GIF: ePluribus

It’s happened to all of us. Your congressperson tweets something stupid, and you jump into the comments with the devastating reply: “Sir, this is an Arby’s.” It might feel good, but wouldn’t it feel better if you had some assurance that your representative was actually seeing your display of wit? Well, there’s a Chrome extension that might be just up your alley.

The makers of ePluribus believe that they’ve devised a system that will enable every reply guy online to raise their voice. The new Chrome extension is part of an initiative that somewhat counter-intuitively intends to reduce the volume of spam that politicians receive in the information age by giving users the power to send their representatives a message through official channels when they tweet, post on Facebook, or reply in comments on websites.

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The system is relatively simple: You download the ePluribus Chrome extension, and it will ask for your name, home address, email, and phone number. If you go to a website that’s integrated with ePluribus, you should see an ePluribus dropdown menu in the comment field that allows you to choose one of your political representatives to CC on your message. Your friends and followers will still see your tweet or post, but it will also be sent to the representative of your choosing through their official webpage. The real power of ePluribus is that it will also verify that you actually live in a politician’s district by mailing you a card with a verification code. This is intended to help weed out spammers and assure politicians that they are genuinely hearing from one of their constituents. Unfortunately, the verification side of the project won’t roll out until the second quarter of this year.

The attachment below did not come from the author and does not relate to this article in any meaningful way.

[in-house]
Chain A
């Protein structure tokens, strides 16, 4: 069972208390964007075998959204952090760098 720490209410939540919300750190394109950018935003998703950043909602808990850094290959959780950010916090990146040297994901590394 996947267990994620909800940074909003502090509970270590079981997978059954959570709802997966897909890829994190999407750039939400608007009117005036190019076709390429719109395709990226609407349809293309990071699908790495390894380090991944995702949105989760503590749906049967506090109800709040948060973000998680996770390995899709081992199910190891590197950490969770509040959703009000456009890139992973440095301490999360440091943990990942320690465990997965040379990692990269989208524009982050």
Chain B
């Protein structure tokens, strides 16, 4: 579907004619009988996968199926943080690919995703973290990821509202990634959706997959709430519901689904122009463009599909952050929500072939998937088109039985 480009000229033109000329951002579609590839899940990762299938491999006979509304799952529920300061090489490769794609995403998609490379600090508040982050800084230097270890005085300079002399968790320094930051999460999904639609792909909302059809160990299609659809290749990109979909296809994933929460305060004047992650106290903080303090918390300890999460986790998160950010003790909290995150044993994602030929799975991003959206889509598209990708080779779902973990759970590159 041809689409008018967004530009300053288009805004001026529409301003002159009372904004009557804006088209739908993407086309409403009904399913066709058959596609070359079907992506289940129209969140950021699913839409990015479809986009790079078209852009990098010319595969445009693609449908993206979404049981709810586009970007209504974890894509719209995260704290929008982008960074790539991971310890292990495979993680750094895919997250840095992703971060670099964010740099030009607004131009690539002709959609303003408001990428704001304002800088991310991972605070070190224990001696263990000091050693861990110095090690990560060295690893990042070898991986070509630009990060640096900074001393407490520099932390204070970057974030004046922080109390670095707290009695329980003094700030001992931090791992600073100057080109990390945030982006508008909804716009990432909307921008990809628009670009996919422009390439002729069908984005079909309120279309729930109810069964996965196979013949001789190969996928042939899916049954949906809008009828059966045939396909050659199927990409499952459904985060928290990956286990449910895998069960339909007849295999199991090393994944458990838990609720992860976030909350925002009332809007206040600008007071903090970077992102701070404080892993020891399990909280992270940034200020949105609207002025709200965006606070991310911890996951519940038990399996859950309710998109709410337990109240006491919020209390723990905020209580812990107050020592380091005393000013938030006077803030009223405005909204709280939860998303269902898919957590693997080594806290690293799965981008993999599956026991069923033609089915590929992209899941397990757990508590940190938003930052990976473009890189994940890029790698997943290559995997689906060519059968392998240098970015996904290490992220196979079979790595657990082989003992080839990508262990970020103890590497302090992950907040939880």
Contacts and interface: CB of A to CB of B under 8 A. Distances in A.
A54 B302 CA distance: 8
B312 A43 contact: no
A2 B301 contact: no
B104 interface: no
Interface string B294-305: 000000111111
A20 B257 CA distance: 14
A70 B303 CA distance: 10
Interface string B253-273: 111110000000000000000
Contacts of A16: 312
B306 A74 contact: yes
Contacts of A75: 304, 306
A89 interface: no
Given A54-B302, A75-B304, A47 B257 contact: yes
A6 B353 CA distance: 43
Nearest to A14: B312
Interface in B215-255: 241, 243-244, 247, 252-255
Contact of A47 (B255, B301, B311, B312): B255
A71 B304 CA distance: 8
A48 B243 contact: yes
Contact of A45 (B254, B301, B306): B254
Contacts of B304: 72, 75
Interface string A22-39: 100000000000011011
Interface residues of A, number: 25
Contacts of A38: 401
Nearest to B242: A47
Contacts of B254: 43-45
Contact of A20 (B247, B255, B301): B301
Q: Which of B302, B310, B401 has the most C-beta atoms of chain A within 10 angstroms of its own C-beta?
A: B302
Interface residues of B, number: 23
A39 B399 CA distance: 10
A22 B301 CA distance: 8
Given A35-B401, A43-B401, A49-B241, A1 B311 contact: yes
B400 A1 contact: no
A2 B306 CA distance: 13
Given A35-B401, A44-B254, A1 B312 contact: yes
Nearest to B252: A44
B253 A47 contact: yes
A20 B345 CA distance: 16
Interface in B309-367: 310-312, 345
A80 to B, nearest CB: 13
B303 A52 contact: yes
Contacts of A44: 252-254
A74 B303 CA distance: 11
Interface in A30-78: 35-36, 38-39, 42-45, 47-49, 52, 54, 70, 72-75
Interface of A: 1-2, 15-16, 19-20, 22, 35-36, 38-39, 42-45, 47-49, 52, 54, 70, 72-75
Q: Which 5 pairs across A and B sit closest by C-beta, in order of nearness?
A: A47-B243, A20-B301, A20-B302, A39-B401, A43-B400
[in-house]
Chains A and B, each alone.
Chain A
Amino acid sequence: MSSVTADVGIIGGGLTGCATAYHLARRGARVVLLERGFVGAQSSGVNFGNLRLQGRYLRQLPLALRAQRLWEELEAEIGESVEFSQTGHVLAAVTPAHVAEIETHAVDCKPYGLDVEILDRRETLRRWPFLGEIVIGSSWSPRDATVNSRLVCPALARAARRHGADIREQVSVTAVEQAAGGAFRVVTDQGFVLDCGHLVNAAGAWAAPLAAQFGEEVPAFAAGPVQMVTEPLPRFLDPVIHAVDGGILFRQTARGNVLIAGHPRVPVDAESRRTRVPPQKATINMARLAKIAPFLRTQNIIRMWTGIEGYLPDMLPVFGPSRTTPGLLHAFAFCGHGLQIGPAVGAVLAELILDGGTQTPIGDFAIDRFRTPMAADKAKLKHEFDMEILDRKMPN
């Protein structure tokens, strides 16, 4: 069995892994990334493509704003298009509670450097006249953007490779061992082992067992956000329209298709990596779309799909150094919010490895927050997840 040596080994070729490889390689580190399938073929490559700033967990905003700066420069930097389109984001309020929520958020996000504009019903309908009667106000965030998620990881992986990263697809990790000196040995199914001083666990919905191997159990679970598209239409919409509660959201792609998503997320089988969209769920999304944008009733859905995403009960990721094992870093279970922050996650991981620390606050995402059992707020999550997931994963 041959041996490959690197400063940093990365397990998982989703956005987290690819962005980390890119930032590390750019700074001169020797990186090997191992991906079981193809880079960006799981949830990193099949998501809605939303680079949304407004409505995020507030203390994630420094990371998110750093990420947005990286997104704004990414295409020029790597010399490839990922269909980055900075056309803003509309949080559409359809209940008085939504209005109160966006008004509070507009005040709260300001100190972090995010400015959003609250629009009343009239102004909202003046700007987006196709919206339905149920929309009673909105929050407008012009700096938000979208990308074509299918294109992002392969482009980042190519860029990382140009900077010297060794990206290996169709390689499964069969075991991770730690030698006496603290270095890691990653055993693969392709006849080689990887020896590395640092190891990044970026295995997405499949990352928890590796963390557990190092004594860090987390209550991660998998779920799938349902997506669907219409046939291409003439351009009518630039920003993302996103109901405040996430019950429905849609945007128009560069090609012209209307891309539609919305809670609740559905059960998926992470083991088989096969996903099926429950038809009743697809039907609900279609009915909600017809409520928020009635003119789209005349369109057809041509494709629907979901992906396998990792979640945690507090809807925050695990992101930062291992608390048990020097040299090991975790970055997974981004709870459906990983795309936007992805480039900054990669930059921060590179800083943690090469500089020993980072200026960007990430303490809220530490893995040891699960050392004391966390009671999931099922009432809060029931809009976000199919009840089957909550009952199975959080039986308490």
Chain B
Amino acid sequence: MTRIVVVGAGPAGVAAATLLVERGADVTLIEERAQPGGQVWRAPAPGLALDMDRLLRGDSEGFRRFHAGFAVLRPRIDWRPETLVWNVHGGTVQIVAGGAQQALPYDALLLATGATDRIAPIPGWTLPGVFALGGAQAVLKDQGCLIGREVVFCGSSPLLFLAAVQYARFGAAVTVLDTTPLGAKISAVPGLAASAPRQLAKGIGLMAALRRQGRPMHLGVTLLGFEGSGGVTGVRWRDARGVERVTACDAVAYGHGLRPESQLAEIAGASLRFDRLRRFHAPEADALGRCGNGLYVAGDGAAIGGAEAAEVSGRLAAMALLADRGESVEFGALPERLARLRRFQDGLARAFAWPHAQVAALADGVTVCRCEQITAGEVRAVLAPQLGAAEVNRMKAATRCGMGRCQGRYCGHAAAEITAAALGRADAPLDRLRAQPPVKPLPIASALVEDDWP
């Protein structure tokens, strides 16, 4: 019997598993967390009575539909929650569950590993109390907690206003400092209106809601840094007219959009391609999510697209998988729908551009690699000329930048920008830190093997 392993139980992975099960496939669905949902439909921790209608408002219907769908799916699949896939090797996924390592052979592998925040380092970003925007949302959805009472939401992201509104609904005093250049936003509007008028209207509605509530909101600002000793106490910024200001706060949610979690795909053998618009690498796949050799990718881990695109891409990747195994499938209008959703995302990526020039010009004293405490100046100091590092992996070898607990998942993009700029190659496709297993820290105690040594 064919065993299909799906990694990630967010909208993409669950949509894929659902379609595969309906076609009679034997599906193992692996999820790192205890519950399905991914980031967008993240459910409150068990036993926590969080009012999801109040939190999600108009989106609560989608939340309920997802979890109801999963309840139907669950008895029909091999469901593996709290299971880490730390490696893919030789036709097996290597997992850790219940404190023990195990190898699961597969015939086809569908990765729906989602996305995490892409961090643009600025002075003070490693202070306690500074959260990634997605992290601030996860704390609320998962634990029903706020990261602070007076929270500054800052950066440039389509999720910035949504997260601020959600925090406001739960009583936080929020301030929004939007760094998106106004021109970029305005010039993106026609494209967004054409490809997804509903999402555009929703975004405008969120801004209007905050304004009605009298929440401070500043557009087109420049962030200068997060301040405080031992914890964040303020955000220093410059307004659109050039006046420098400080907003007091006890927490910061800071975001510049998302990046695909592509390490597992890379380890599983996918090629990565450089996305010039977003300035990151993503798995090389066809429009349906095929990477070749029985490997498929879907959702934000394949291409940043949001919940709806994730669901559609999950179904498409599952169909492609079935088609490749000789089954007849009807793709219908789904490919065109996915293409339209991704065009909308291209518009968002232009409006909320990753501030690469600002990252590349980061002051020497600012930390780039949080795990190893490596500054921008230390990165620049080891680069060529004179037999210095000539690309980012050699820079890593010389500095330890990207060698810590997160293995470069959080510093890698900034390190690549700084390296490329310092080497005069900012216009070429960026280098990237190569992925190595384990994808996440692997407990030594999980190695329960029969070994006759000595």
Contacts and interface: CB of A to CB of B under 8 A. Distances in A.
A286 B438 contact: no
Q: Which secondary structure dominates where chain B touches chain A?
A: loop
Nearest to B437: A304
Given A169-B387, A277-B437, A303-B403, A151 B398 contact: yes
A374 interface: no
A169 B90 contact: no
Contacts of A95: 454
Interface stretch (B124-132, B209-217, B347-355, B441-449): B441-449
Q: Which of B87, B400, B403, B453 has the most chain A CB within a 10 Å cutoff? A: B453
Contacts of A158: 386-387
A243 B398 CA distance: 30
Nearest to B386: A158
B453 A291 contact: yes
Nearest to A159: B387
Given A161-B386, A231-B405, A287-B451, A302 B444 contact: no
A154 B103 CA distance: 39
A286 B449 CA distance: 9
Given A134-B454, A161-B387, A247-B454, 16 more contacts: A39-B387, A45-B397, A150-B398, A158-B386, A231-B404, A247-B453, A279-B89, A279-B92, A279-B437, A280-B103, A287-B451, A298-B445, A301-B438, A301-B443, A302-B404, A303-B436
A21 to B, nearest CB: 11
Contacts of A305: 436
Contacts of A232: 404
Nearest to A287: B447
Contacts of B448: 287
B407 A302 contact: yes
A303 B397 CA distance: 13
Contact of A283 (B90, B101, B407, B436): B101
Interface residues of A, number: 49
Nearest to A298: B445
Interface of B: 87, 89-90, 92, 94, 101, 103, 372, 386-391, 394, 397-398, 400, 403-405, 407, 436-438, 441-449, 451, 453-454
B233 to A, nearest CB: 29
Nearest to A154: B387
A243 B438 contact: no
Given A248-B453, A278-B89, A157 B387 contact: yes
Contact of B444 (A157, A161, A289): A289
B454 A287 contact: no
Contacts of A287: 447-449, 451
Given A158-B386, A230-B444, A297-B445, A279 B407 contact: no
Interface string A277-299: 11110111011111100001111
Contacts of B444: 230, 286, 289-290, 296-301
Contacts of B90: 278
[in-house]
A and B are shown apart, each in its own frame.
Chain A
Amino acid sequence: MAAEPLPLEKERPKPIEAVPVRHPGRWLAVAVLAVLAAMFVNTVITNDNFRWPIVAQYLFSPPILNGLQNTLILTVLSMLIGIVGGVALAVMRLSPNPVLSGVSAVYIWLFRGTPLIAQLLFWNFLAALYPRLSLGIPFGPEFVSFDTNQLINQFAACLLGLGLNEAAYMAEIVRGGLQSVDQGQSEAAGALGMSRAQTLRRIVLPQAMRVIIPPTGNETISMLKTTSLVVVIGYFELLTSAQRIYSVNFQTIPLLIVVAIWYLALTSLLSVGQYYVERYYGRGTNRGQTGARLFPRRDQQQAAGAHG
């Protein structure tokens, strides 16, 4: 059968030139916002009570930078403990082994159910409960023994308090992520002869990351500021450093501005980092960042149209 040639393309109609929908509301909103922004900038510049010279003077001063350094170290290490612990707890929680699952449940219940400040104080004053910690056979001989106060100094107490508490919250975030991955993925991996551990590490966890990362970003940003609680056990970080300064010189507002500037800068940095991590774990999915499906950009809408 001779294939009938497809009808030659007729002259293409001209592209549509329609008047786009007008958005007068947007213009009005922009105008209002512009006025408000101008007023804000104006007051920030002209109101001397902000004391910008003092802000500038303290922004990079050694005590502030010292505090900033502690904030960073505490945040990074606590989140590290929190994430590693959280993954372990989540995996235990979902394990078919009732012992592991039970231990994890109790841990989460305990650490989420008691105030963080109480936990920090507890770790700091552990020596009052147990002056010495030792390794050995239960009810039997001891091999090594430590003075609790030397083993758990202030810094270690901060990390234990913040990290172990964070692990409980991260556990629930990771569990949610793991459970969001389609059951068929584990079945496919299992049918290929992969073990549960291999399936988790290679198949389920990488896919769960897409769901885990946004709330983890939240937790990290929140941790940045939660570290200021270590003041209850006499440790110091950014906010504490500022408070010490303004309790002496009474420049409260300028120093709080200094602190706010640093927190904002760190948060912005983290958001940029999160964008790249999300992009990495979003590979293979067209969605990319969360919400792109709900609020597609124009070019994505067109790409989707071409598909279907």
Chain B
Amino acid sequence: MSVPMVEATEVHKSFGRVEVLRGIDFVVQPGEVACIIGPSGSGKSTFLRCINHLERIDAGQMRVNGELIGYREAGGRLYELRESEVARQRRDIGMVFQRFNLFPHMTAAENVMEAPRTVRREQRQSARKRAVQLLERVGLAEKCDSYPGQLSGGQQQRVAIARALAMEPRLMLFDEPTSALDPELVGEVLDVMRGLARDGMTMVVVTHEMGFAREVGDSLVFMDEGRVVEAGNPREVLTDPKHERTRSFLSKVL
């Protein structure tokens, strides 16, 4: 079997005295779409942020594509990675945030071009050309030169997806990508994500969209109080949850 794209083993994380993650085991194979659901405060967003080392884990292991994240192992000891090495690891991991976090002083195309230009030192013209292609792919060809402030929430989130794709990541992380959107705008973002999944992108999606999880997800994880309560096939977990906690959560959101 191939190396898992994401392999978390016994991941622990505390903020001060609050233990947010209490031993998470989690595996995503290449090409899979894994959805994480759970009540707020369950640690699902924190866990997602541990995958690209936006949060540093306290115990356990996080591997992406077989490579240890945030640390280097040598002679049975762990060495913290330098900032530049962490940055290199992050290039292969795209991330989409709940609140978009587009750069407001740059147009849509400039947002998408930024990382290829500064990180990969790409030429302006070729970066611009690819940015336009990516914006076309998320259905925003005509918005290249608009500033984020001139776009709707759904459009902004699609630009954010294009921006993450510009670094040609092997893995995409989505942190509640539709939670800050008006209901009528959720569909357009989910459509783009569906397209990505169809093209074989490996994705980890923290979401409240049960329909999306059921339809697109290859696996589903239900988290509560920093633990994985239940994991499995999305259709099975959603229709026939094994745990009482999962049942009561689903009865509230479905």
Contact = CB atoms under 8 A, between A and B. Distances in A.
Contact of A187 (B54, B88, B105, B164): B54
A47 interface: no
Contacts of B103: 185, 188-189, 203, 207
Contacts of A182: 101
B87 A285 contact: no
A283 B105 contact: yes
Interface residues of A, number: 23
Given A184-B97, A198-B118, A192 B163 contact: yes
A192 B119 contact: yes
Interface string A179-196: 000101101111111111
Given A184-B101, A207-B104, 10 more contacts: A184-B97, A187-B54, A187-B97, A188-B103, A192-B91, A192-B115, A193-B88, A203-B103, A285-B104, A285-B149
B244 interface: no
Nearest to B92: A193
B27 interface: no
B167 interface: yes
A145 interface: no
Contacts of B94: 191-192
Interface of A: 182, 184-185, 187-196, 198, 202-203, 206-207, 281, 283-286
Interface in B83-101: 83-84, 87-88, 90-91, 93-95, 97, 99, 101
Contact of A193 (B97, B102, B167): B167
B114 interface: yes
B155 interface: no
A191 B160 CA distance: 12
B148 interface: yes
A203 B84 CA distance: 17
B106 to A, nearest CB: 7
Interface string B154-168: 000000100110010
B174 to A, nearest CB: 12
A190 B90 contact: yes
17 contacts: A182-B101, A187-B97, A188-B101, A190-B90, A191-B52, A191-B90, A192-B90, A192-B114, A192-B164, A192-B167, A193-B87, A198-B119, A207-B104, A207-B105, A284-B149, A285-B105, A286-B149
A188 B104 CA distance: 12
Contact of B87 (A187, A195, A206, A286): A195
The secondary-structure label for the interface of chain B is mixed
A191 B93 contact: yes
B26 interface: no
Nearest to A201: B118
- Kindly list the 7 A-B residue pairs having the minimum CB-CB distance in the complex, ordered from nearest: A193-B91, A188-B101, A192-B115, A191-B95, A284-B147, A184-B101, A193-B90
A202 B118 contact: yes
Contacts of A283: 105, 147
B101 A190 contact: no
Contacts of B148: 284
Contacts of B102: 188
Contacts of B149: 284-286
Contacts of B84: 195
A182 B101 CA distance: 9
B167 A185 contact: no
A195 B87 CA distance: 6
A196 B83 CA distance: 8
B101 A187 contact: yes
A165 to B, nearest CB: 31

GIF: ePluribus

The company’s co-founder Liam McCarty told Fast Company that ePluribus wants to create a system in which the government can trust online feedback isn’t being gamed by bots or other bad actors. McCarty believes that we can avoid situations like the ongoing FCC scandal in which the 94 percent of public comments on its decision to repeal net neutrality were found to be fake or duplicates.

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The company is also offering its service for the comments sections on news websites and it’s already integrated with “14 major U.S. news sites” including the New York Times and the Washington Post.

My first instinct was to think that this would only exacerbate the meaningless nature of online comments and mail sent to politicians. But ePluribus also wants to help sort through the noise. In 2017, the company outlined its larger plans for “the world’s first civic network” on its now complete crowdfunding campaign. It envisioned a system in which politicians and their staff will be given access to a data dashboard that breaks down the comments by topic of concern and other categories. With a quick glance, Texas Senator Ted Cruz’s staff can see that his constituents think his new beard looks like a dead animal. Or New York Rep. Alexandria Ocasio-Cortez can monitor in real time the exact ratio of hate to horniness she’s receiving from conservatives that live in her district.